[Interest] vs. Flutter
fabio.giovagnini at gmail.com
Tue Feb 19 22:14:17 CET 2019
My two cents. The main topic is: a new language really has to give an
answer to a real need. In my humble opinion when we talk about programming
language, we cannot think to push artificial needs. The community of
developers is not a commumitiy of fashion guys. They are professionals
working to make money and innovate the market. The tools are not
ideological matter but real tools to work, produce and make value.
So, chancing for changing, only applying the logic "newer is better" is not
always a winning choice.
Il giorno mar 19 feb 2019 21:58 Henry Skoglund <fromqt at tungware.se> ha
> Hi, totally agree C/C++ will outlive many of these new languages.
> due to WebAssembly steadily improving.
> Been working/programming for 43 years now, while I fondly remember
> Pascal on CP/M from my youth (before C++ was invented), once I switched
> to C++ in the early 90's (Visual C++/MFC), C++ always felt as my "home".
> Also you could say that good and stable ecosystems for a language takes
> decades to arrive, at least one generation of programmers has to come
> and go I think. So the peak of C++ will be in the future :-)
> Rgrds Henry
> On 2019-02-19 21:13, Christoph Feck wrote:
> > On 02/19/19 20:47, Jason H wrote:
> >> What I've learned is that it's better to stand on the shoulders of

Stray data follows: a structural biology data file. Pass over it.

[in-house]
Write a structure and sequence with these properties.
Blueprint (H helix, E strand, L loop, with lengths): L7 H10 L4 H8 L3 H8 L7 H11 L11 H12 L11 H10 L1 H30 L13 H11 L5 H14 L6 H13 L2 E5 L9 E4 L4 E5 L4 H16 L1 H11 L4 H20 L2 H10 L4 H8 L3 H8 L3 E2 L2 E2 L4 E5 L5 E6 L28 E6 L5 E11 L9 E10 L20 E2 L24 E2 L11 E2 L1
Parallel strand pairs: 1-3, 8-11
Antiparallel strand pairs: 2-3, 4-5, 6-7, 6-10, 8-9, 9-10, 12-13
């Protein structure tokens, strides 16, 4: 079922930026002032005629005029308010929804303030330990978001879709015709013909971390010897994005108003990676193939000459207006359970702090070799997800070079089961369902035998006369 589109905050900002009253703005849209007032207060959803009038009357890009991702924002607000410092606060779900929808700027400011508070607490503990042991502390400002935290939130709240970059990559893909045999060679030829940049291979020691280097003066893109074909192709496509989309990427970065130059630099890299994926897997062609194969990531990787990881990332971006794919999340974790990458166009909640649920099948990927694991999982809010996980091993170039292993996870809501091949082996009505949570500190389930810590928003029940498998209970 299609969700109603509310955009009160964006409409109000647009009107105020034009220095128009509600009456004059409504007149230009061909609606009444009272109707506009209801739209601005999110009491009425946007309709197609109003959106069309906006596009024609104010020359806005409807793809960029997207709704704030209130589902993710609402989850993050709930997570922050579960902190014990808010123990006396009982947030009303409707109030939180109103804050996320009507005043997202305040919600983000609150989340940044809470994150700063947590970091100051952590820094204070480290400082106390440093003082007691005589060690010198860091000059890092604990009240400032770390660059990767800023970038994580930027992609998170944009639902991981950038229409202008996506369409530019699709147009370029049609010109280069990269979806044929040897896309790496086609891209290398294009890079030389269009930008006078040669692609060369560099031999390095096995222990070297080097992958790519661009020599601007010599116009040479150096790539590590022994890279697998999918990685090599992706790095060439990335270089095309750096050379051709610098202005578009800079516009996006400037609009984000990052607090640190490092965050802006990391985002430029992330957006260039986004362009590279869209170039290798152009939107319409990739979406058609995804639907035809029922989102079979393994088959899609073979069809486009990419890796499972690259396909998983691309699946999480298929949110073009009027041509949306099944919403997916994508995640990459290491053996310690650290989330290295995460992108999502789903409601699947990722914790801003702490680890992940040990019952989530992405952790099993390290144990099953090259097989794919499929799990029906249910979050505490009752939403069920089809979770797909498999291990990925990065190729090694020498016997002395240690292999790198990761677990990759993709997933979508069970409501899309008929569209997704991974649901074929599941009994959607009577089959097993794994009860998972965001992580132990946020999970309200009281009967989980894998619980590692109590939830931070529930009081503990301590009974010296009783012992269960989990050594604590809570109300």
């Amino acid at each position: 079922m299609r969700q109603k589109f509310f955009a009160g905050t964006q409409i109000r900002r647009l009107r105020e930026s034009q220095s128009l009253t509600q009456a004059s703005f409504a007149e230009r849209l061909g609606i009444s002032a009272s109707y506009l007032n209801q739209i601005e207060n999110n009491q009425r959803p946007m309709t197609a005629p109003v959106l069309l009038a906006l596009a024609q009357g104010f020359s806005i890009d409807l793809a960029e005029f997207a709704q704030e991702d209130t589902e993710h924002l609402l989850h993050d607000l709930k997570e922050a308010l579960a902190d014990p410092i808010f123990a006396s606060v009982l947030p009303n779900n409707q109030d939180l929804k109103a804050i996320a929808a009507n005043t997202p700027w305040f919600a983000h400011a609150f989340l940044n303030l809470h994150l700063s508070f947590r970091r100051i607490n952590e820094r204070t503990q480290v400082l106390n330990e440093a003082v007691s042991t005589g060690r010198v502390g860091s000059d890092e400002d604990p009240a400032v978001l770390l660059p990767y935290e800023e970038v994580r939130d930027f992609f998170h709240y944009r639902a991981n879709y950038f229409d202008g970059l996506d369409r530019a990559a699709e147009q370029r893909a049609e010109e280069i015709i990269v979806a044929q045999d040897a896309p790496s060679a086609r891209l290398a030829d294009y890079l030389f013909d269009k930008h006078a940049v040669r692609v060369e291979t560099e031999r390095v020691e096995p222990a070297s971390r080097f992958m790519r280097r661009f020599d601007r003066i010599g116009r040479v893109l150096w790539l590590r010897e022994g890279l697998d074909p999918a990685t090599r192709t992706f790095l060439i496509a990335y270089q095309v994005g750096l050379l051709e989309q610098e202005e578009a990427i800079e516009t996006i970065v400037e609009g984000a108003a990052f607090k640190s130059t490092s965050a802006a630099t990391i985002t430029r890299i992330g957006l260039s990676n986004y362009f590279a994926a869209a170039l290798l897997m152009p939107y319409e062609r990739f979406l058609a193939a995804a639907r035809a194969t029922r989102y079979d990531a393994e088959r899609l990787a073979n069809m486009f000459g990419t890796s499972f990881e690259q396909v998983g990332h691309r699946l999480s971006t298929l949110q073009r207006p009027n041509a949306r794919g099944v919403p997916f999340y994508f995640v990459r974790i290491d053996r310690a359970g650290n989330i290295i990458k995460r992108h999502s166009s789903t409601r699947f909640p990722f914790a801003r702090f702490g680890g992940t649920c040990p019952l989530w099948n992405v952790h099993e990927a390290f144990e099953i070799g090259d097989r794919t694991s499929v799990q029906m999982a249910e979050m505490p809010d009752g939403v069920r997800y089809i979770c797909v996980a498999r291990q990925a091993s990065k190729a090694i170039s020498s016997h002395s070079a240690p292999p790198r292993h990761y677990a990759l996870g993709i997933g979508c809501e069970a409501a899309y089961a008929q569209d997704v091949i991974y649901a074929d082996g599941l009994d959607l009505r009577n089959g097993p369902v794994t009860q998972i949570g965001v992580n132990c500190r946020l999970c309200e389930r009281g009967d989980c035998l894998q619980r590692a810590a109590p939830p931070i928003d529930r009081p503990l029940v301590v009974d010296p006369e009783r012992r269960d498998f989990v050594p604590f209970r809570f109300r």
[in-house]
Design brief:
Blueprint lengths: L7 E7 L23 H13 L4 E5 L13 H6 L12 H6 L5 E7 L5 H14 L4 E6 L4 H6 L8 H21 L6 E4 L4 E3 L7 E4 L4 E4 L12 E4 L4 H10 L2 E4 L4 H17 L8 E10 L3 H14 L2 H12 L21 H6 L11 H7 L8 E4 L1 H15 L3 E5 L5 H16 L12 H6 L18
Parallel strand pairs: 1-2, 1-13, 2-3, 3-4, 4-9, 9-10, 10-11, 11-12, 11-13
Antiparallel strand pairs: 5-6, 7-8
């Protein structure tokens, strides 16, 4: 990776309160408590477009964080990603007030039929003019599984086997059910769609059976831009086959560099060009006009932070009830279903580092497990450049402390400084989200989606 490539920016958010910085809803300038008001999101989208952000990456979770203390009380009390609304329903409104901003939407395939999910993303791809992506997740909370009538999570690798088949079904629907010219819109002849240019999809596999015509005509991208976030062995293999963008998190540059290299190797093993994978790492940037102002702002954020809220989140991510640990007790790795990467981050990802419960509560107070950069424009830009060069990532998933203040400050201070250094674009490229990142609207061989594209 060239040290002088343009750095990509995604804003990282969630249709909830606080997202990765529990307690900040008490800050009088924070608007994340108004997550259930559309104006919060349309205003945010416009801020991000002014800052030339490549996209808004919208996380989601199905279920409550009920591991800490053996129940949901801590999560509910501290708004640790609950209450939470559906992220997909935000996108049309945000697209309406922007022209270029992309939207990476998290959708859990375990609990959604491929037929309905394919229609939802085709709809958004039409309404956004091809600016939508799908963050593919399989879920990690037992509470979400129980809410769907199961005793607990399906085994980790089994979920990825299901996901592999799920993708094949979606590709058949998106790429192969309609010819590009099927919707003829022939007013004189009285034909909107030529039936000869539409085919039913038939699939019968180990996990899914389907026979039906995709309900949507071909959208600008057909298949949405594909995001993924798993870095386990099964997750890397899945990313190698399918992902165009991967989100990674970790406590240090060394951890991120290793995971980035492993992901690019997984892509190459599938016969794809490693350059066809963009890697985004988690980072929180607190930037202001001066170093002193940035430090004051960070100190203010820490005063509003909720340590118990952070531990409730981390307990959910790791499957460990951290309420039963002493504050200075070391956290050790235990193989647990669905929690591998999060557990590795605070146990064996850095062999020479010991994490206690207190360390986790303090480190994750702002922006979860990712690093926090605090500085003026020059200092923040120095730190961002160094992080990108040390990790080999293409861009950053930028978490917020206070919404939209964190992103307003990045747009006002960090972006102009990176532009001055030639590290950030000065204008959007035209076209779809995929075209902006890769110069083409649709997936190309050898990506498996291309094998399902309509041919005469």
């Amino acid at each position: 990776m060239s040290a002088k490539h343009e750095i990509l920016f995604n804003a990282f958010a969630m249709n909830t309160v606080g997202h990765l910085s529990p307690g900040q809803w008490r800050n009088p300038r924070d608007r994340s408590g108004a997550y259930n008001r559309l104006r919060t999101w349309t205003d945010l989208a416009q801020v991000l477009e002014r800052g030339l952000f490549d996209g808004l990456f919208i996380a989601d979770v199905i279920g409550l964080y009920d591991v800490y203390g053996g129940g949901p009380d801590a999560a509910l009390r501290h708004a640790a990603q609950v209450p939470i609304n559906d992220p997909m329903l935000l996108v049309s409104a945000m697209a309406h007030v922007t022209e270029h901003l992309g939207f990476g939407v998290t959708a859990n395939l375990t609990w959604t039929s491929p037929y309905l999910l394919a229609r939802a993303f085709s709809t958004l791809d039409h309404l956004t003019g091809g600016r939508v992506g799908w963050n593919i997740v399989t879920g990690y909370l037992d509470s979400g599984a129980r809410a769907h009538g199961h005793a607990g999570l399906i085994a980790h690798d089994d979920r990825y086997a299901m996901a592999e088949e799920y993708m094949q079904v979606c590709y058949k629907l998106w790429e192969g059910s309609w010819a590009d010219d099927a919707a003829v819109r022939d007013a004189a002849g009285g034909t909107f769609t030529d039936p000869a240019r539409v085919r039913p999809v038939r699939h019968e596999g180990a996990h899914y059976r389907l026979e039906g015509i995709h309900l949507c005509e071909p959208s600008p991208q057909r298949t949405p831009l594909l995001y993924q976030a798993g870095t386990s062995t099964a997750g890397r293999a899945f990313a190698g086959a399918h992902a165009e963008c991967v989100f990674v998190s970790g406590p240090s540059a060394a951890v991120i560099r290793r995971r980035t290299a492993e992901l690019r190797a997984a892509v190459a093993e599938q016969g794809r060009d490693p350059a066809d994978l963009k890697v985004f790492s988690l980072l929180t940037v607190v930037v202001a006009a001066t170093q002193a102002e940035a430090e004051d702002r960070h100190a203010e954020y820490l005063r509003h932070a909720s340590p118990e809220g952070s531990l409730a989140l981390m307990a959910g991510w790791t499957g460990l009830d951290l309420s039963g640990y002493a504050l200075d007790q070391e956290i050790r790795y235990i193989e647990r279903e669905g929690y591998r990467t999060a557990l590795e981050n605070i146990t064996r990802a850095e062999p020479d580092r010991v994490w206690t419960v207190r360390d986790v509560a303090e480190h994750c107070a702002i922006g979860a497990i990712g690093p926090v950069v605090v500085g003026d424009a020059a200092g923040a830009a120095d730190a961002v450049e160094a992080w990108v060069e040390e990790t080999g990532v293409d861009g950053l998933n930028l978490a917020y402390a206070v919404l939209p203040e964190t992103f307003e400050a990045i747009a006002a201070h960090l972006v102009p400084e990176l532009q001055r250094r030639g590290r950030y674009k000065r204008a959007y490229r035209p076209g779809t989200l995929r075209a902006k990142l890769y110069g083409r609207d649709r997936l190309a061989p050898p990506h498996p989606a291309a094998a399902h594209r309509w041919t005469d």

> >> giants than to rewrite the universe from scratch. I dream of a say
> >> where we can code things and everyone else regardless of platform can
> >> run it. I thought this was going to be .Net CLR, or Java VM, but
> >> corporate ownership initiatives derailed them (Much like the "You
> >> will" ATT ads of the 90s - we got it, but not from ATT). But C/C++
> >> runs all more platforms/processors. Linux has come a long way in terms
> >> of bringing all CPUs a usable software ecosystem. And this though
> >> rather obtuse is one reason to pick Qt - that it'll support any system
> >> that can run a C++ compiler. You don't technically need to use QML,
> >> you can keep going with C++.
> > Once upon a time a mother of two curious boys called me, asking me to
> > teach them programming. They have no clue what language to start with,
> > so I suggested C as a base, to later learn Python, C++, Java (or C#).
> > of da Internetz". I stopped teaching them after it was suggested to
> > C/C++ will be relevant in the future. All other languages will come and
> > go (no pun intended).
> > Whether Qt will be relevant in the future lies in the hands of its
> > developers. Don't ruin it.
> > Christoph Feck
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> Interest at qt-project.org
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